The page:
A 12-step guide to shooting a big buck in town
Bowhunting in the suburbs has a near cult following, and for good reason. It's fun, and an effective way to tag some giant whitetails. Just take George Moore, Mark Hanaway, and Matt Myatt's bucks, for example. If hanging a stand and hunting in town interests you, here are a dozen tips to get you started.
1. Understand Dynamics
Hunting in urban and suburban settings has similarities to hunting in rural farm country. Deer are still deer. While city limit whitetails might act as if they tolerate humans, they don't. No matter where they call home, deer are incredibly adept at detecting things that are out of the norm. You might be hunting in someone's backyard, but deer will take notice of human behavior that's out of the norm.
2. Find Opportunities
Most urban and suburban hunting opportunities require private land permission. Some public lands exist, too, such as public parks and forests open to hunting. Quota hunts are common as well. Programs such as Minnesota's Metro Bowhunters Resource Base and Indiana's Community Hunting Access Program offer opportunity as well. Of course, most hunting apps offer public land layers that highlight many lands (but not all) that are open to hunting access.
3. Ask Around
Mature bucks are good at hiding, even in populated areas. But they're still seen in town, and people talk. Asking around can help you locate a monster buck you'd otherwise never know about. While talking to anyone in good neighborhoods can work, focus on those who drive a lot, such as mail carriers and bus drivers. These people cover a lot of ground, and they'll likely remember where they see big bucks and concentrations of deer. Drop pins on potential leads in your preferred hunting app.
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4. Search Apps
Cities and towns might seem to be mostly brick, mortar, and asphalt. But there are pockets of cover within city limits, and sometimes these are sizeable chunks of ground. In town, a 5-acre tangle of bedding cover could be as productive as a 200-acre farm out in the country. The best way to find these areas is via hunting apps. Look for habitat, drop some pins, and then move on to the next step.
5. Road Scout
Once you've secured some leads on big buck hotspots, or have located some pockets of interest, it's time to burn some fuel. Road scouting is sometimes frowned upon in rural settings, since people get suspicious of some rando parked on the side of the road glassing a 160 in someone's bean field, even if they don't have any ill intent. Things are different in the city. People do weird stuff all the time, and it's about the only way you can scout. You likely can't glass from a distance. So, you must blend in to stay off a deer's radar.
6. Get Permission
Once you've determined where you'd like to hunt, it's time to knock on doors. In areas where tracts are an acre or two, you might not need more than a few willing landowners. But if it's an area filled with ¼- to ½-acre lots, you might need to piece together numerous permissions to have enough to hunt. This is especially true if deer aren't making it to you in daylight.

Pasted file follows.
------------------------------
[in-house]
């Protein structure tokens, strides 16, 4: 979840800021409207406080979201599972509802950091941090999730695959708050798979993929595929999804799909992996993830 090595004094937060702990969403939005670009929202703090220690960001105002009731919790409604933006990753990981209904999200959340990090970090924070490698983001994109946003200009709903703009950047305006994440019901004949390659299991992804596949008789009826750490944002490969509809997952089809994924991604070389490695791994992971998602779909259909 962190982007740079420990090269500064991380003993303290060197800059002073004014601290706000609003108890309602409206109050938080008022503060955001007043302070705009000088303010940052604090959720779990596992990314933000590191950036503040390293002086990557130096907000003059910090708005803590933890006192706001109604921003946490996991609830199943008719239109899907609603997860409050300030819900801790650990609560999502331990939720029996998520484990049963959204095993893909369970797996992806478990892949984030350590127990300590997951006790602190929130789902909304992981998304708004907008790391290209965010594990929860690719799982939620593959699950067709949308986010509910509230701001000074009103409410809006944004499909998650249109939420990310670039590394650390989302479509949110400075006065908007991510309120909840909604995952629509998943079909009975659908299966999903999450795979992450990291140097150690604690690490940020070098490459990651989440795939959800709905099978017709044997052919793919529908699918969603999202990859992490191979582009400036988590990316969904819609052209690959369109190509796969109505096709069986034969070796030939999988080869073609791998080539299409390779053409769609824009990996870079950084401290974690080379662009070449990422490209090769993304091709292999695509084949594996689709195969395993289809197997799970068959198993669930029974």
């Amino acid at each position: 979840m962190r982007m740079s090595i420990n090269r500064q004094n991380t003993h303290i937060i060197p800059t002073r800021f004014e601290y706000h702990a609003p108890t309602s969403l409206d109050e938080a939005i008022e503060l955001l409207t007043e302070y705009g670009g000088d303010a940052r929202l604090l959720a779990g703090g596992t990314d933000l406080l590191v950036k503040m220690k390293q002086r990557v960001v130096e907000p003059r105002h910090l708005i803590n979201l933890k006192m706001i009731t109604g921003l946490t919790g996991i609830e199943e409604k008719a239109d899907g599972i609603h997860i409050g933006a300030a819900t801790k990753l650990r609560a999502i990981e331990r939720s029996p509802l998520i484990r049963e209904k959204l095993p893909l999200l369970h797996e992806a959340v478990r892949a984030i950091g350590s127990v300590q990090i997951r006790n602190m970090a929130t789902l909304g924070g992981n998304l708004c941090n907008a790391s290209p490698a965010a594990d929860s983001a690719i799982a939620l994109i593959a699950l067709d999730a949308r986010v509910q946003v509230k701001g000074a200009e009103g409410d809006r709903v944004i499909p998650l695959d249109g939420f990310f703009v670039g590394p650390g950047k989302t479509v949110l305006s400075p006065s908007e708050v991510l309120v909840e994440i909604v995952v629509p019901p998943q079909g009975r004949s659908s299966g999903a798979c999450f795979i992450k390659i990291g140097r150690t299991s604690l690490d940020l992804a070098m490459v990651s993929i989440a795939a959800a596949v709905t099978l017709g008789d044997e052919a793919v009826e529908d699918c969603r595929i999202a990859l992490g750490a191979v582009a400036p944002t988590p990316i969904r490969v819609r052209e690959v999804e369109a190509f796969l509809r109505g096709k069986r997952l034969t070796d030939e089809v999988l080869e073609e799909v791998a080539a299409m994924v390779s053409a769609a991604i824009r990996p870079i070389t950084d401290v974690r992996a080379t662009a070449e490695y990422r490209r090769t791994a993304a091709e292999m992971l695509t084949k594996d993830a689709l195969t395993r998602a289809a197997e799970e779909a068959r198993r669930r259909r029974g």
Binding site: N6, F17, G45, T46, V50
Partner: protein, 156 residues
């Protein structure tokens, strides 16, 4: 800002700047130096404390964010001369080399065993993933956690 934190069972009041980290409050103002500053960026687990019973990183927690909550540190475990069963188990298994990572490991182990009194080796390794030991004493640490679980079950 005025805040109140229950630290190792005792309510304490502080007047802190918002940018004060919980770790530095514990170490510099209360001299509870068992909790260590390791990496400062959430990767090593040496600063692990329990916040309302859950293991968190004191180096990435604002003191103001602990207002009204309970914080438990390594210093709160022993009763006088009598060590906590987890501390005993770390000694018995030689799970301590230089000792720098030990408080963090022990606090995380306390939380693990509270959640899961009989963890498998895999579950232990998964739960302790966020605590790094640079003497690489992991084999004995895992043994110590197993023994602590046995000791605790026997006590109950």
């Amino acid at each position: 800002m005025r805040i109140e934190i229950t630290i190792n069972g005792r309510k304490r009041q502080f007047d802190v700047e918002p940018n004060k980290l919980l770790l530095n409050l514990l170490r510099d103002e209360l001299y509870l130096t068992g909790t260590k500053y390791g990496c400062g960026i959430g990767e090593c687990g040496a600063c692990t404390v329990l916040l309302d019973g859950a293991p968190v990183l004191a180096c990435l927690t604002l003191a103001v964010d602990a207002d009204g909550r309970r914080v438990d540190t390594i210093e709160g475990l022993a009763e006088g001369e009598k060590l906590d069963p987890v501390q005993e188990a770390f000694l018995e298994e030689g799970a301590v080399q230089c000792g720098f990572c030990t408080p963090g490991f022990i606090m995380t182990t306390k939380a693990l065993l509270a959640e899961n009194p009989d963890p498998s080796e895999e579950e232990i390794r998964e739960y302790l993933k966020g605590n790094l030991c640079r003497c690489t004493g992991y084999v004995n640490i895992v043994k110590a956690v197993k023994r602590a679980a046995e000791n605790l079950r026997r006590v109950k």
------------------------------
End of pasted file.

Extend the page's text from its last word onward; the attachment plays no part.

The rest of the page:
It's also important for increasing your chances of recovering game. A wounded buck might cross several property lines before falling, and you need permission before crossing any of them. Of course, knowing the property boundaries before, during, and after the hunt is crucial for deer hunters of all kinds.
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7. Pinpoint Patterns
City deer follow patterns just like their country cousins. Sometimes, city limit whitetails are even more predictable, especially if their lines of movement are restricted to only a few directions. Some hunters prefer to glass to determine these patterns. Other post cameras to monitor activity. Still, others hunt their way into an area to learn the herd's habits.
8. Fine Tune
It can take time to drill down on a buck's core area, even with limited cover options. Fine tune your entry routes, stand locations, and exit routes with each hunt. Moving just 5 or 10 yards can make the difference in getting busted, getting a shot, or not.
9. Use Calls
Calling can be especially important in the suburbs because of the property line issue. Unless piecing together a lot of properties, chances are good you'll see deer that are across property lines, where you can't shoot. Calling might be the only way to lure them into a spot where you can.
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10. Stake Decoys
The same can be said for decoys. While I wouldn't draw attention from people, placing decoys in a manner that attracts deer can definitely boost the odds of getting a shot.
11. Be Stealthy
City deer might seem like they tolerate humans, but don't be fooled. These whitetails know the difference between the little old lady who waters her flowers every day at 3 p.m. and the camouflaged assassin who climbs trees. Always be stealthy and do your best to blend in with normal human activity for the area.
12. Retrieve Quickly
Be as respectful as possible to the neighborhood. Retrieve game quickly. Get it out discreetly. Don't be gruesome. Show hunting in a good light.
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